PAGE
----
Airbus has modified the thrust-reverser actuation system of production A350-900s after a failure of a locking mechanism on an in-service aircraft.
The locking actuator was removed from the jet after several failure messages, and investigators found that it failed a primary lock integrity test, says the European Aviation Safety Agency.
EASA states that the component can be affected by internal contamination from carbon dust, and that this can affect the retention capability of the actuator.
A350 thrust reversers use a translating-sleeve design and the sleeve uses three retention mechanisms.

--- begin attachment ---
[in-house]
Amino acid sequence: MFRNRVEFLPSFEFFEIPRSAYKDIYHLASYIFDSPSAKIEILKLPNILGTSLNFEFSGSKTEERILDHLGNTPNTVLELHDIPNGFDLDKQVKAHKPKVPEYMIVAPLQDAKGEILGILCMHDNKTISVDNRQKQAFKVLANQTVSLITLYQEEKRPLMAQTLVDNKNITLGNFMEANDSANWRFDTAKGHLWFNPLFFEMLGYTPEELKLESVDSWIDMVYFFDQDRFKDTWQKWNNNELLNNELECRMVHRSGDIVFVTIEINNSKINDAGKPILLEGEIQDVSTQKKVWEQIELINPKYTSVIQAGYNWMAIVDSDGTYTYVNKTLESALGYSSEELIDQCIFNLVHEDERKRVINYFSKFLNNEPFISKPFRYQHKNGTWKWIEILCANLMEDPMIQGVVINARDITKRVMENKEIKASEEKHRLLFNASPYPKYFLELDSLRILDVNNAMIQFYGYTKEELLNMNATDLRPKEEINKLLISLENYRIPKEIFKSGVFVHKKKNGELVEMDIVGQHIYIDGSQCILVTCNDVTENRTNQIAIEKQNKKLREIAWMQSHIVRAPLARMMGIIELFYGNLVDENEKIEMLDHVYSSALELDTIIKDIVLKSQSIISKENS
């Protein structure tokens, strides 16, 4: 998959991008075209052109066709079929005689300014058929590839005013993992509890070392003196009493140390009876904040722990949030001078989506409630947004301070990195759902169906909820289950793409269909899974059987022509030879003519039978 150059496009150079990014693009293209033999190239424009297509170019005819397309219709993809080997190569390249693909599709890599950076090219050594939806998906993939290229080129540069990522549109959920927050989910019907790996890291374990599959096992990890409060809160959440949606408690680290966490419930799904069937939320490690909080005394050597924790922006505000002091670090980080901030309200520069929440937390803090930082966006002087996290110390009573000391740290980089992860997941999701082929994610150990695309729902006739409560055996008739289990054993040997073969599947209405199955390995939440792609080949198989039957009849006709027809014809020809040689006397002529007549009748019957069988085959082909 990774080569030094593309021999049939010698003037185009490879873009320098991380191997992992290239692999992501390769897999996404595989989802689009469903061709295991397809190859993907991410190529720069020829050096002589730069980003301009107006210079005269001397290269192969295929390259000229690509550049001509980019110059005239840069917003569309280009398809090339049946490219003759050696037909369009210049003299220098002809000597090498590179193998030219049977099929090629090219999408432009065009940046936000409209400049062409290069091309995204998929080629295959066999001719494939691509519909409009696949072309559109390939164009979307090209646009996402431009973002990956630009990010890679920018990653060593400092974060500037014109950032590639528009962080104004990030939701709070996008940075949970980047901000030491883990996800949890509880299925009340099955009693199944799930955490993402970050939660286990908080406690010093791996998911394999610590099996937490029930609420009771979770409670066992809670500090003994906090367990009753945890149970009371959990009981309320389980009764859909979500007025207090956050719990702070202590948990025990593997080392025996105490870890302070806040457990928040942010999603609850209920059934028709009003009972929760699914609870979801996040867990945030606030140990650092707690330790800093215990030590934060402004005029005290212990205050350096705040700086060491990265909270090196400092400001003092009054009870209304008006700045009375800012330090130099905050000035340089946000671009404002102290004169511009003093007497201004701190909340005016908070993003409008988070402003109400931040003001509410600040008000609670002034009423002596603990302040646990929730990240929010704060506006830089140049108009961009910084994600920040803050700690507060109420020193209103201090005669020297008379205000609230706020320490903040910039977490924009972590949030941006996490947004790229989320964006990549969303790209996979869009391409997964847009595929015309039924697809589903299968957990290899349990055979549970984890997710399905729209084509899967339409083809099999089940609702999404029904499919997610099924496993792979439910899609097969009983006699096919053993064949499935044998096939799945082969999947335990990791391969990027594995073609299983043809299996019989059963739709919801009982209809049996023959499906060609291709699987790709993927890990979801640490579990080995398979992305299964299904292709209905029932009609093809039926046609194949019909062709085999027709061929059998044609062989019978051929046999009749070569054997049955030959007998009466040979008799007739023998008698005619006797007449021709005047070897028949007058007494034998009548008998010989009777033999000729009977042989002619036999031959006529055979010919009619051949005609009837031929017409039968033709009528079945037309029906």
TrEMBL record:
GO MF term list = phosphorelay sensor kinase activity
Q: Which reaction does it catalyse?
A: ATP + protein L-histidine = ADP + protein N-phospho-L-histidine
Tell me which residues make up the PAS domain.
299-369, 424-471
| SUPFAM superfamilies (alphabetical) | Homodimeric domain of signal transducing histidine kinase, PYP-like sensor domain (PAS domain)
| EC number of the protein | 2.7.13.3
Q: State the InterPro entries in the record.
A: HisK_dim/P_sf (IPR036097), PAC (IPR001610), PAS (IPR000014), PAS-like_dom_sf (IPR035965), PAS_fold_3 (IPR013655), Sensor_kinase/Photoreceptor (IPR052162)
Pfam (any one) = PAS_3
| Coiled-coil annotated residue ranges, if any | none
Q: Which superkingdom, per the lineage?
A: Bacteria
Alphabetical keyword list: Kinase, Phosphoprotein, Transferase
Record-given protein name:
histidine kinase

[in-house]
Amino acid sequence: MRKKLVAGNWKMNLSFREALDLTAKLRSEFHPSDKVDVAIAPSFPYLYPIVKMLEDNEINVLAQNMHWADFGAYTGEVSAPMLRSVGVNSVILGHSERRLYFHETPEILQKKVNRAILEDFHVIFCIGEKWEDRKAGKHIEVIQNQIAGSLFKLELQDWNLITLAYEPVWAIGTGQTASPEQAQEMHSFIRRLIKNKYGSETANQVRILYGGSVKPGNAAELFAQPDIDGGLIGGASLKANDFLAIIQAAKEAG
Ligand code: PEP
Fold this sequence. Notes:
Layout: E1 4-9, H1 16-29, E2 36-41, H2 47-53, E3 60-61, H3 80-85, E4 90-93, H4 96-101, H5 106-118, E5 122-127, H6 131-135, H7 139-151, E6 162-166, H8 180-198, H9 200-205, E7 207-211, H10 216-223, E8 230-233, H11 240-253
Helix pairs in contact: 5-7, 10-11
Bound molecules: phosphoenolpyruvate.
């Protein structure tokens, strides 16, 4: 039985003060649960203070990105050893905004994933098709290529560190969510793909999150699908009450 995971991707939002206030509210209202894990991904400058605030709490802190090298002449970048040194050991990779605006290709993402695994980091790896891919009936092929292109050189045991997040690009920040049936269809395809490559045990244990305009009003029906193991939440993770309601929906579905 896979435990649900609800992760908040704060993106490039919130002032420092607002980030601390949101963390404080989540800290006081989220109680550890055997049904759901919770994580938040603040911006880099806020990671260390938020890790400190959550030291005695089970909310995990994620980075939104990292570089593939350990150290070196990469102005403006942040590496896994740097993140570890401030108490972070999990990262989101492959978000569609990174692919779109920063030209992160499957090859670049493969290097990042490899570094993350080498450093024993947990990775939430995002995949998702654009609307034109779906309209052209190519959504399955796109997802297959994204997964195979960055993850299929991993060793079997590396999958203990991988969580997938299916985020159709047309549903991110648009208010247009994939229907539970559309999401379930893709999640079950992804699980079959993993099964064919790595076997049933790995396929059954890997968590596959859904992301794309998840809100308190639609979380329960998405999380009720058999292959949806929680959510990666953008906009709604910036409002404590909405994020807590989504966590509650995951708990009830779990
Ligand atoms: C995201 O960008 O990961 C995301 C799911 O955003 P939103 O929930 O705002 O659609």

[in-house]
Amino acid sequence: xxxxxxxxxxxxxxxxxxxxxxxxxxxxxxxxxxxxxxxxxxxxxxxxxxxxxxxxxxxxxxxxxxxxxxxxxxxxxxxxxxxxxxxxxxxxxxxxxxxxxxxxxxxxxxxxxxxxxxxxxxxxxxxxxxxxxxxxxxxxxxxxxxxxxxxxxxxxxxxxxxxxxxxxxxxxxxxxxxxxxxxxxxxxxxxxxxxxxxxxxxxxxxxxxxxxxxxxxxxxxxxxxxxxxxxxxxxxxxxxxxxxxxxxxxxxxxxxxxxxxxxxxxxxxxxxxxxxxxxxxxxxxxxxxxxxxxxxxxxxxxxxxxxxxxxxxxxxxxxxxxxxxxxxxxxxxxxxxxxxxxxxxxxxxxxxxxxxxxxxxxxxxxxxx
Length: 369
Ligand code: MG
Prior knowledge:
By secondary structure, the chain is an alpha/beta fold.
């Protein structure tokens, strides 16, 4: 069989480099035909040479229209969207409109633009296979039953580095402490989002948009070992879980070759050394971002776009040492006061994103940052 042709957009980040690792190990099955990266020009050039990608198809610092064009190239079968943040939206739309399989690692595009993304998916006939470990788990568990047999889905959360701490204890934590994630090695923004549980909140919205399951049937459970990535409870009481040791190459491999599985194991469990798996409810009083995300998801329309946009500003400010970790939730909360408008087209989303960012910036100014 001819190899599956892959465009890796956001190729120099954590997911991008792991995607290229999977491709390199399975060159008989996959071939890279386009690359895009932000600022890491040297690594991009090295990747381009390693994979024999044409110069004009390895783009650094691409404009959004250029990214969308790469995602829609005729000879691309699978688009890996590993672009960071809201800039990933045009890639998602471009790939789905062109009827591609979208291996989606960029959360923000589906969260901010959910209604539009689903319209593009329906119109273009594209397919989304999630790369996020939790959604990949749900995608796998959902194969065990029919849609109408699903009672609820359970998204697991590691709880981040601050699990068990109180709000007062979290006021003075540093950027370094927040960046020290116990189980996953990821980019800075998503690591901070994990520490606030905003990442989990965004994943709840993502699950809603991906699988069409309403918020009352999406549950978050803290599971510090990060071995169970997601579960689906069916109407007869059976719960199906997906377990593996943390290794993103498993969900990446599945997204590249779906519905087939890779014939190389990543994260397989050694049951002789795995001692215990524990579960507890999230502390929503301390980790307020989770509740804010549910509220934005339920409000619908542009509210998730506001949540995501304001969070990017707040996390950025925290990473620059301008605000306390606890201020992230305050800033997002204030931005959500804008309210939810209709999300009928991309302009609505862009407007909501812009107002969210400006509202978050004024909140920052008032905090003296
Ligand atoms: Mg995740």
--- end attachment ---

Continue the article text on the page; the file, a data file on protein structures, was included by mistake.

EASA says two of these can potentially be affected by the problem, which would leave only the third system – a lock employing a different design – for retention.
It notes that there is a theoretical risk of in-flight deployment of a reverser translating sleeve, should the third lock fail, and the master minimum equipment list for the type has been amended to declare any thrust-reverser lock failure as a ‘no go’ item – preventing dispatch of the aircraft.
Airbus has introduced a new thrust-reverser actuation system standard into A350 production, after the component's manufacturer corrected the problem. EASA has ordered in-service A350s to be modified to the same standard, within 750 cycles since first flight.